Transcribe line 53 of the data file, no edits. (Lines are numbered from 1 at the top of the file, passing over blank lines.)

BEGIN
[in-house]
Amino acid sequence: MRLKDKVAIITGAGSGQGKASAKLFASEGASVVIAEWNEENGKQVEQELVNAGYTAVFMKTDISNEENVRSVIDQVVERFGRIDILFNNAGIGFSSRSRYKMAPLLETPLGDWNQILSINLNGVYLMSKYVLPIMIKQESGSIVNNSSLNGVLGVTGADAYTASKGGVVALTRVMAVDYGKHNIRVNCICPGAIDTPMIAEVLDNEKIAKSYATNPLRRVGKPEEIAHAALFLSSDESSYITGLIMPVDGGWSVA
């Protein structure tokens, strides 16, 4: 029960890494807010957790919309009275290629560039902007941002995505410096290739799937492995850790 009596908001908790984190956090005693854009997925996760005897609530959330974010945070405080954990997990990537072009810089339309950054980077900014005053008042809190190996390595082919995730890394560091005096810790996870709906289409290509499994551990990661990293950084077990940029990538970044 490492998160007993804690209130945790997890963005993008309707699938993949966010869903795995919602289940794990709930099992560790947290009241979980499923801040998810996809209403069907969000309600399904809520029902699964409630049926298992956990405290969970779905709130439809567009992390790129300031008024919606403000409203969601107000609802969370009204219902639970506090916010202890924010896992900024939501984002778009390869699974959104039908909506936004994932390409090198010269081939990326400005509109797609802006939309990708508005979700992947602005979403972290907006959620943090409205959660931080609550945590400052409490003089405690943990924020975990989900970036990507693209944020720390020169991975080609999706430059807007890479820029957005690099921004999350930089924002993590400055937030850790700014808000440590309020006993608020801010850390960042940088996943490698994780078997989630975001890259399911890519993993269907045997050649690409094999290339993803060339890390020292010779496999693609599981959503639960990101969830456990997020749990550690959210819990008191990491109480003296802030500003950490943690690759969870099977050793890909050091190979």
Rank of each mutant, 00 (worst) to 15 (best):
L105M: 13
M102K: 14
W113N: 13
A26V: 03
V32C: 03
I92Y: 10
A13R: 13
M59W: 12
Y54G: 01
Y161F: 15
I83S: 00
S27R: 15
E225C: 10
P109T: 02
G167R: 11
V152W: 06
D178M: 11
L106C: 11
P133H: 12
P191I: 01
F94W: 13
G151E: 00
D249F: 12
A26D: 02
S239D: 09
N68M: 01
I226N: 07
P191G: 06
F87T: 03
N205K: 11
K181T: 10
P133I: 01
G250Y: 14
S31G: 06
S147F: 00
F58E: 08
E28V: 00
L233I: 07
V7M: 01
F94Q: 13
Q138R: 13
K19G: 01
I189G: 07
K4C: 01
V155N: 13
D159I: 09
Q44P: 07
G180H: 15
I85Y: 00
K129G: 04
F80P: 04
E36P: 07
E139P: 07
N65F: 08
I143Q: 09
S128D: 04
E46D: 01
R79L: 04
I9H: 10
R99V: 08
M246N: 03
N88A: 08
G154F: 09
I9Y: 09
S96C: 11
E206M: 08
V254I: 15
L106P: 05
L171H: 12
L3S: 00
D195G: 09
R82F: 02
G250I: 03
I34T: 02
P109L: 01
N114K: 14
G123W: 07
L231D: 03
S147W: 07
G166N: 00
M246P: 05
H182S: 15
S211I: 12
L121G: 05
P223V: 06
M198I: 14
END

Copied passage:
I85Y: 00